Gas switches aren't included in intro classes (generally), and a lot is going to depend on your instructor's philosophy. I've worked with folks who I'd say are in the "just do it" camp of gas switches, and others who have a very detailed procedure. When I was teaching gas switches for AN/DP instructor, my "just do it" IT saw my procedure and said, "You must have a little gooey in you."

It is much harder to break bad habits than it is to learn good habits. I can usually get a brand new diver into a horizontal hover in their first pool session, but teaching certified seahorse divers to do the same thing takes on average twice as long.
 
It isn't a bad plan, but I'd suggest that you should (if you aren't planning to) take ITT/tech sidemount before you start doing these things to avoid reinforcing bad habits.

Gas switches aren't included in intro classes (generally), and a lot is going to depend on your instructor's philosophy. I've worked with folks who I'd say are in the "just do it" camp of gas switches, and others who have a very detailed procedure. When I was teaching gas switches for AN/DP instructor, my "just do it" IT saw my procedure and said, "You must have a little gooey in you."

It is much harder to break bad habits than it is to learn good habits. I can usually get a brand new diver into a horizontal hover in their first pool session, but teaching certified seahorse divers to do the same thing takes on average twice as long.
Yeah, thats a very good point. My intro tech instructor said the same about reinforcing bad habits "Practice doesnt make perfect, perfect practice makes perfect." What skills in particular do you think I should work on before the class (starts may 25th) vs after?
 
Agree with @VikingDives, your plan risks building a bunch of bad habits. A couple of possible things to work on that are tough to get wrong are frog kicking and staying still.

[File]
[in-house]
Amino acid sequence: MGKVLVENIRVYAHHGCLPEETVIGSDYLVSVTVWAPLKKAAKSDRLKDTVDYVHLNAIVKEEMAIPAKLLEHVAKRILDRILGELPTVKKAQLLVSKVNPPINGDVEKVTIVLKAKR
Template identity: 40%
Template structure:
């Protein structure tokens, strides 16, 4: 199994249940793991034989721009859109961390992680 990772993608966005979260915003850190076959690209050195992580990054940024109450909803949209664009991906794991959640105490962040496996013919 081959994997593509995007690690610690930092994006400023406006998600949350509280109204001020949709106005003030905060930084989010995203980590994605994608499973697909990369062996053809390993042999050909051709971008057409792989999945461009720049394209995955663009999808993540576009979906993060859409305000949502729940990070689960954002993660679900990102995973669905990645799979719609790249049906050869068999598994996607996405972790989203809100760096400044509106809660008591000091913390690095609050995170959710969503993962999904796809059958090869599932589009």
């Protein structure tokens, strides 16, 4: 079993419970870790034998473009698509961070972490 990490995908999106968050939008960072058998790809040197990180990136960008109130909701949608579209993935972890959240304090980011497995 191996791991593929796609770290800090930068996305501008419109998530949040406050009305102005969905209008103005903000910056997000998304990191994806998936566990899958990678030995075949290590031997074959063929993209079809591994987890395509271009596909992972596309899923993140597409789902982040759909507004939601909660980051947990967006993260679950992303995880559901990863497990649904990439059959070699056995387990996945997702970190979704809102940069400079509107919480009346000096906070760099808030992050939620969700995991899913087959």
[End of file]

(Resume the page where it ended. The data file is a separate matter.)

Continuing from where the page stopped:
For the frog kick, maybe focus on gliding to a stop after each kick. That will give you a good idea how efficient each one is.

Staying still is tougher than it sounds. Cross your wrists and ankles when you think you’re in trim and neutral. Hold the position and see what happens. This will give immediate feedback on both trim and buoyancy. Adjust accordingly.

Have fun with ITT. It’s a good course with the right instructor.

Lance
 
Yeah, thats a very good point. My intro tech instructor said the same about reinforcing bad habits "Practice doesnt make perfect, perfect practice makes perfect." What skills in particular do you think I should work on before the class (starts may 25th) vs after?
Get a camera, and hover in front of it. Swim past it while frog kicking. If you have a back kick, there's almost always room for improvement there.

Most divers want to swim this way -------> while looking:
|
|
|
v

Work on looking ---> while swimming ----> (i.e. keep your chin up).

Hover about 6' off of a horizontal bottom (pools work really well for this). If your knees are bumping the bottom, you aren't horizontal. Adjust your weights and body position and try to bump your stomach first.

Now do it with your eyes closed.

If you've got a decent hover, take off your mask and replace it with your backup mask. Work on doing it while maintaining your hover. For fun, try to do it with your eyes closed in mid-water.